Commodore Arent S. Crowninshield, Chief of the Bureau of Navigation, to Commodore Francis M. Bunce, Commandant, Brooklyn Navy Yard
March 28, 1898.
S i r:
The following names have been assigned to the vessels recently purchased by the Government,1 and now fitting out at the yard under your command:
Y a c h t s.
T u g s.
German Torpedo Boat. SOMMERS11
The Hydrographic Office has been directed to send hydrographic outfits for them to the Brooklyn Navy Yard.
The Department directs that as soon as they are in all respects ready for sea, order the Commanding Officers to proceed with them to Key West, Florida and report to the Commander-in-Chief12 of the North Atlantic Station, for duty in the Squadron under his command.
Chief of Bureau.
Source Note: CyS, DNA, AFNRC, M625, roll 227. Addressed below close: “Commandant,/Navy Yard,/Brooklyn N.Y.”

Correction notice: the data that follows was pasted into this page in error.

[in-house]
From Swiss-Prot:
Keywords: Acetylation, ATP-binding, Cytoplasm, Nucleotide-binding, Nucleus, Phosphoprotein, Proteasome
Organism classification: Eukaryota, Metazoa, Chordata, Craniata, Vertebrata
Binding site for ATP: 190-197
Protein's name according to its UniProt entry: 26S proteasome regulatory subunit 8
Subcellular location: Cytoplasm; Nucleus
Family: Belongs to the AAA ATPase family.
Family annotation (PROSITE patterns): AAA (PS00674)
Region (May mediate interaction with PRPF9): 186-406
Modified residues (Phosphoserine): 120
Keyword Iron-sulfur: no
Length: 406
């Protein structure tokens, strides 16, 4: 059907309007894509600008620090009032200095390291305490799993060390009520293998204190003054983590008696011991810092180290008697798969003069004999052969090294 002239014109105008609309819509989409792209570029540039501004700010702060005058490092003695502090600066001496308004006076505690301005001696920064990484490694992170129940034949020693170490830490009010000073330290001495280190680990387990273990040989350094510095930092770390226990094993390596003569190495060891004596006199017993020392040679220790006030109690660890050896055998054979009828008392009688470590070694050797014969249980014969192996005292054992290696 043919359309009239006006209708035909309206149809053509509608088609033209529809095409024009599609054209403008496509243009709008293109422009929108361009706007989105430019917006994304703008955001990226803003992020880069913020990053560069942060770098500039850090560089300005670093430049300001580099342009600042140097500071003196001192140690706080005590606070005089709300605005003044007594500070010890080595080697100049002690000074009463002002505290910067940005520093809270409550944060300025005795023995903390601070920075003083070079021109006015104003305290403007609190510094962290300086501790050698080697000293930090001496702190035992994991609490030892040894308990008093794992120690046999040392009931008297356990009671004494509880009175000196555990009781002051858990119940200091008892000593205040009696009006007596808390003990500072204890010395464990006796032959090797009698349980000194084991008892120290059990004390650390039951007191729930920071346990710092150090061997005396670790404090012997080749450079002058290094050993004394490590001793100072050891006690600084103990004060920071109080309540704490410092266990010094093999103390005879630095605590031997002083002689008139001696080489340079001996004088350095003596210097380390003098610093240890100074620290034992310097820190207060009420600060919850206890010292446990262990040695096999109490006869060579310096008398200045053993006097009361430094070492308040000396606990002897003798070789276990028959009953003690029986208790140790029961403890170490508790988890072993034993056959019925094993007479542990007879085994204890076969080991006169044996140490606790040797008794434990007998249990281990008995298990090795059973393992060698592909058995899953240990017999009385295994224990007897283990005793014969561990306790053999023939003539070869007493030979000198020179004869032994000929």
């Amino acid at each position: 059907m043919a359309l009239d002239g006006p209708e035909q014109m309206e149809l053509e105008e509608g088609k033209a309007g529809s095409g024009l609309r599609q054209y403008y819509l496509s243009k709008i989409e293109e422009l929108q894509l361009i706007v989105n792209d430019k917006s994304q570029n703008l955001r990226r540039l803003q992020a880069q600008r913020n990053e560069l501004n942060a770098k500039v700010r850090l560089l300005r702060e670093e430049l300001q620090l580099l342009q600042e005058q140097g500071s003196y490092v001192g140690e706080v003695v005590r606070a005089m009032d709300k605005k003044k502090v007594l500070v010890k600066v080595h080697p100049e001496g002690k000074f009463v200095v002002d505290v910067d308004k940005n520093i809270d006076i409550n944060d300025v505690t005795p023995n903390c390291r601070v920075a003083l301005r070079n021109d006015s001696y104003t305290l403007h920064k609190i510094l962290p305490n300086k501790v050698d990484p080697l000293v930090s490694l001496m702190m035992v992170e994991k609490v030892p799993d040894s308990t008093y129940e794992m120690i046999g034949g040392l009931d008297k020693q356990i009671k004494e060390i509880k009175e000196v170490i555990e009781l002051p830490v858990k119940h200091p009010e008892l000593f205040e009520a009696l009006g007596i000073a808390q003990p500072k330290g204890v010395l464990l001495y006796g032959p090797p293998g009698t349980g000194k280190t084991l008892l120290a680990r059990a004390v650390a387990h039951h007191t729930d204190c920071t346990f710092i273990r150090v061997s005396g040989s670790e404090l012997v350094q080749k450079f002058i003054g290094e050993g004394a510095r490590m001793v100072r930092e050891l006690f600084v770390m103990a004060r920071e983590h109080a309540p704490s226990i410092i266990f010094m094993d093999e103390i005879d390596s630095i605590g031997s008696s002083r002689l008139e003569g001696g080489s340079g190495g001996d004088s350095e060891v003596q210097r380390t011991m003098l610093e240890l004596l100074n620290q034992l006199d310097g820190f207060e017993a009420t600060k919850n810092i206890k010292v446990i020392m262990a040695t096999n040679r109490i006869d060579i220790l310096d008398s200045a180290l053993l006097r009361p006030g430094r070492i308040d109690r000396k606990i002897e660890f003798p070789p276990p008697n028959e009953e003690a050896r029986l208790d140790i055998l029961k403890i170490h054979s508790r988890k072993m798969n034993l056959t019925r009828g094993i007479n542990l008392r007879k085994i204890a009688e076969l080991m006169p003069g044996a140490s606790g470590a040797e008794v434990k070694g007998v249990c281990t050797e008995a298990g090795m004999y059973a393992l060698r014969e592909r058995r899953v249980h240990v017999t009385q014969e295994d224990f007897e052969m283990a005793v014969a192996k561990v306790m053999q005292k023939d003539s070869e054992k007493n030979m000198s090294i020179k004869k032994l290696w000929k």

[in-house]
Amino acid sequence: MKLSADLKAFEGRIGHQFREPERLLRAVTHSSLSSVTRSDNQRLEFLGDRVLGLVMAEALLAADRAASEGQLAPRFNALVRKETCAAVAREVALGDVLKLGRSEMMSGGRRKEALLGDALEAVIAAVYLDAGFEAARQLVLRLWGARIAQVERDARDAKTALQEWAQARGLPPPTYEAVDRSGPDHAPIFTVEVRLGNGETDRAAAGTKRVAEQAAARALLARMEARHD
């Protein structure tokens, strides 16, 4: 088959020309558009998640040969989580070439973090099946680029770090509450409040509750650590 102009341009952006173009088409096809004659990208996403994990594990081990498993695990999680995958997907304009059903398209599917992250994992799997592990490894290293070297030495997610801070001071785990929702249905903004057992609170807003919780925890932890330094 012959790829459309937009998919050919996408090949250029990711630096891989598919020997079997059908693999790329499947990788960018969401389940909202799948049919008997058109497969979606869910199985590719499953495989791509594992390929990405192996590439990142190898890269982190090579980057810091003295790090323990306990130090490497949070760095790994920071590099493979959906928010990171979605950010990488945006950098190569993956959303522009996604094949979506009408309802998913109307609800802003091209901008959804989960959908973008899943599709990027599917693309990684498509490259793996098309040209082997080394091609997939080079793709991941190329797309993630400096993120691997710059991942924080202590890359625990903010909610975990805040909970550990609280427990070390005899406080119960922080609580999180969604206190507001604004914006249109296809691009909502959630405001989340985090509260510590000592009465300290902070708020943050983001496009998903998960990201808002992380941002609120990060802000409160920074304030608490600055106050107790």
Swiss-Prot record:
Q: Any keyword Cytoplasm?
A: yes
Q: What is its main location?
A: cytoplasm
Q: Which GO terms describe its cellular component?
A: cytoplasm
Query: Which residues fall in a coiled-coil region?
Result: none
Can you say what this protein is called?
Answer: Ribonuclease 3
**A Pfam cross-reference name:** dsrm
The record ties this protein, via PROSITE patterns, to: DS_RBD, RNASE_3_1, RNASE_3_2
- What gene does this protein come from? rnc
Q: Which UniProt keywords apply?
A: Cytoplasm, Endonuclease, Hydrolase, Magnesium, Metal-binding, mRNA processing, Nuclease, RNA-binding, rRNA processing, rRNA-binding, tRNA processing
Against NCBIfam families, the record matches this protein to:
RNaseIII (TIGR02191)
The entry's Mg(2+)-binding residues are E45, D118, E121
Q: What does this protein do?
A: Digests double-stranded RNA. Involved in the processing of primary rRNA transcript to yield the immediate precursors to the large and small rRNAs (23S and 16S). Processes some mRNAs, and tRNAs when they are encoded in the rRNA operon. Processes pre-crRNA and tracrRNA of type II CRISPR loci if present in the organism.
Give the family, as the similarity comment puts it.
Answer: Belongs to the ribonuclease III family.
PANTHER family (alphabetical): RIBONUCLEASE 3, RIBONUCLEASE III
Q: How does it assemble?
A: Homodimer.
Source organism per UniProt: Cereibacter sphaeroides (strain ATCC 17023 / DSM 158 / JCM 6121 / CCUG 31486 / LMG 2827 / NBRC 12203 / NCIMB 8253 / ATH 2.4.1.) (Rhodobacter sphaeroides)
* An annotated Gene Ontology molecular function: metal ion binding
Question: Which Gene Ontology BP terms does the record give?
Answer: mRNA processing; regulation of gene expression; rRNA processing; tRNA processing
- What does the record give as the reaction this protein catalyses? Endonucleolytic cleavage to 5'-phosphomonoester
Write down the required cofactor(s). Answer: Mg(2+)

Footnote 1: With war looming, the Navy Department initiated an expansion, which included the purchase of yachts and tug boats as auxiliary vessels. See:ournal of Secretary of the Navy JJohn D. Long, 8 March 1898.
Footnote 2: Hornet, Lt. James M. Helm, commanding.
Footnote 3: Eagle, Lt. Cmdr. William H.H. Southerland, commanding.
Footnote 5: Wasp, Lt. Aaron Ward, commanding.
Footnote 6: Tecumseh, Lt. George R. Evans, commanding.
Footnote 7: Uncas, Lt. Frederick R. Brainard, commanding.
Footnote 8: Osceola, Lt. John L. Purcell, commanding.
Footnote 9: Sioux, Ens. Walter R. Gherardi, commanding.
Footnote 10: Algonquin, Ens. Walter S. Crosley, commanding.
Footnote 11: The correct spelling is Somers.
Footnote 12: Commo. William T. Sampson, Commander, North Atlantic Fleet